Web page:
Thursday, June 2, 2011

Bon Jovi - Slippery When Wet

In 1986, the New Jersey born rockers of Bon Jovi released their third studio album. It was a best-seller record (over 12 million copies in the US and 28 million worldwide). It spent eight weeks at the number one spot and 38 weeks in the top five on the Billboard album charts; it was also the top selling album of 1987.

Side one opens with a long guitar chord and an organ solo, letting us know that the album and “Let It Rock” will be like a religious experience. We’re seeing a new day dawning for the band. This rock anthem has a customary a sing-along chorus.

The first single from the album, “You Give Love a Bad Name”, was also the first Billboard number 1 for the group. It starts with the unaccompanied opening line, which I like a lot. That line showed up in a first season episode of How I Met Your Mother with this song being the opener of Barney Stintson’s “Get Psyched” mix. It certainly does that. This one was a huge hit in the bars well into 1988 - I remember it was a big part of our nights out partying.

“Livin’ on a Prayer” was the third single and the second Billboard number 1 from the album. It knocked out Madonna’s “Open Your Heart” and spent four weeks at the top until Huey Lewis and the News reached the top with “Jacob’s Ladder”. The lyrics tell the story of Tommy and Gina, a working-class couple trying to keep their lives and their love together. This song is a classic and is one of the tracks that made it into the Rock Band video games. I really love singing this one when my son and I play; and I have to give props to Jon since some of the notes are tough to hit (for me at least). I also love the sounds that the guys get out of the guitars on this one.

“Social Disease” opens with an orgasm, and the music follows suit. The lyrics though stay pretty tame (PG-13 at best).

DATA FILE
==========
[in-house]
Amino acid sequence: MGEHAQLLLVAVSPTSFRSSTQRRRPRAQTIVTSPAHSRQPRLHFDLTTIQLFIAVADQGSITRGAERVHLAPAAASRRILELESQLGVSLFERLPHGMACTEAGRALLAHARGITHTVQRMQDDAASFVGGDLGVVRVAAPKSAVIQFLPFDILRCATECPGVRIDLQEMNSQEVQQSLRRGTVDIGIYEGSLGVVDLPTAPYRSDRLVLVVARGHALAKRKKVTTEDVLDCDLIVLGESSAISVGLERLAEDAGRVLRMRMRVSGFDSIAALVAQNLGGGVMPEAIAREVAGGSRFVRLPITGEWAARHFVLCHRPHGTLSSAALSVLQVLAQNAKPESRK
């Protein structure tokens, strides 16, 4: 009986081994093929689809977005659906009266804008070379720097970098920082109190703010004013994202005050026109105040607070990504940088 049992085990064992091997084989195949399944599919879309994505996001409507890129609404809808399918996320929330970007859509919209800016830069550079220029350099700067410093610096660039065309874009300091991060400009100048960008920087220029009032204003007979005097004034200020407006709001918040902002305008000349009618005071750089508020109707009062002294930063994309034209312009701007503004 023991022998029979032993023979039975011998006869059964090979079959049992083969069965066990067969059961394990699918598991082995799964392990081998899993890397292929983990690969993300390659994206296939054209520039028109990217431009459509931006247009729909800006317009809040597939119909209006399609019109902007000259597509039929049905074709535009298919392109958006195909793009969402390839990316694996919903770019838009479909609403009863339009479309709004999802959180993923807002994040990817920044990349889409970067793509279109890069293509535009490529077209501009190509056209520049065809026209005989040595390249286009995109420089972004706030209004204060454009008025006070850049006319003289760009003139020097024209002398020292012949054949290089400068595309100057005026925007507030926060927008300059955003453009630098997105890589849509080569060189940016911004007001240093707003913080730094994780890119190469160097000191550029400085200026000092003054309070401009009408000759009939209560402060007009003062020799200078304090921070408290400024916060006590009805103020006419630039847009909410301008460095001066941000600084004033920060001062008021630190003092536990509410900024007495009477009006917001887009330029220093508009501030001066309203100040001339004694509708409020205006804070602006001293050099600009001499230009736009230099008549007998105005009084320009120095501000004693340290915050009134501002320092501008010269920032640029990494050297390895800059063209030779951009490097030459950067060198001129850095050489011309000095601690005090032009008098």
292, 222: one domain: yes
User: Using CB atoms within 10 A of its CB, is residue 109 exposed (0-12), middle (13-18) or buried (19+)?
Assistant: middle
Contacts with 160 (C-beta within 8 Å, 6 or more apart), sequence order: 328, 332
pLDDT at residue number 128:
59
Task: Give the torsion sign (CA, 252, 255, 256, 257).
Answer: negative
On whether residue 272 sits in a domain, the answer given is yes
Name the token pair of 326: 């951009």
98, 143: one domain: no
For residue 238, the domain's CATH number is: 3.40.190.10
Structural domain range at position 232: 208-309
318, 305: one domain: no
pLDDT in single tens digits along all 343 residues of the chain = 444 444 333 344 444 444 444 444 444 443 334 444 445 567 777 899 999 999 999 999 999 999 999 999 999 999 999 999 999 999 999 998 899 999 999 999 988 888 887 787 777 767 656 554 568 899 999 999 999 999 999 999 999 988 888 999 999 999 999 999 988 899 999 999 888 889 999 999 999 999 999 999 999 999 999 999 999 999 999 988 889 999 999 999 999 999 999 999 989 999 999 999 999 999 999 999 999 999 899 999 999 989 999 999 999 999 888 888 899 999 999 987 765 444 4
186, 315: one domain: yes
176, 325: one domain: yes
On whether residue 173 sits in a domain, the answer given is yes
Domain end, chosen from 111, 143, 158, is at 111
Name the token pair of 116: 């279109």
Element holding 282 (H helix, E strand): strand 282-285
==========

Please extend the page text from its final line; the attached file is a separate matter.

“Wanted Dead or Alive” was the second single. It spent twelve weeks on the Billboard chart, topping out at number 7. Jon Bon Jovi was a big fan of Old West heroes, so this song was his tribute to them. The opening guitar summons up the image of tumbleweed rolling through a dusty ghost-town.

Side two thunders out of the gate with “Raise Your Hands”. They then slow things down a little with “Without Love”. These two are my least favorite tracks on the record, mostly because they are the ones I listen to the least. Both are still very good songs.

I like the piano/guitar opening on “I’d Die for You”. The lyrics draw parallels to the classic love of Romeo and Juliet.

The fourth single was “Never Say Goodbye”. While this love ballad failed to pierce the Billboard Hot 100, it reached 11 on the Mainstream rock charts and number 21 in the UK. The lyrics tell the tale of two young lovers and their need to stay together. This one was a slow-dance favorite in the years after this album came out. It was perfect for that end of the night swaying of sweaty bodies, each hoping for a kiss or two before the final notes of the song faded.

The album ends with the band getting “Wild in the Streets”, one final up-tempo number. For me, the song summons up comparisons to another Jersey rocker. I think the Bon Jovi boys hold their own fairly well.

While this record came out during my final year or so of college, I really didn’t get into anything beyond the hit singles until I was living in my first post-college apartment in 1988. One of my neighbors was a huge fan and had the record. We’d listen to it a lot, especially if we were hanging out rather than going out for the evening. I like the record a lot and have all the tracks in my iTunes library. Nearly twenty five years later, it still holds up fairly well.

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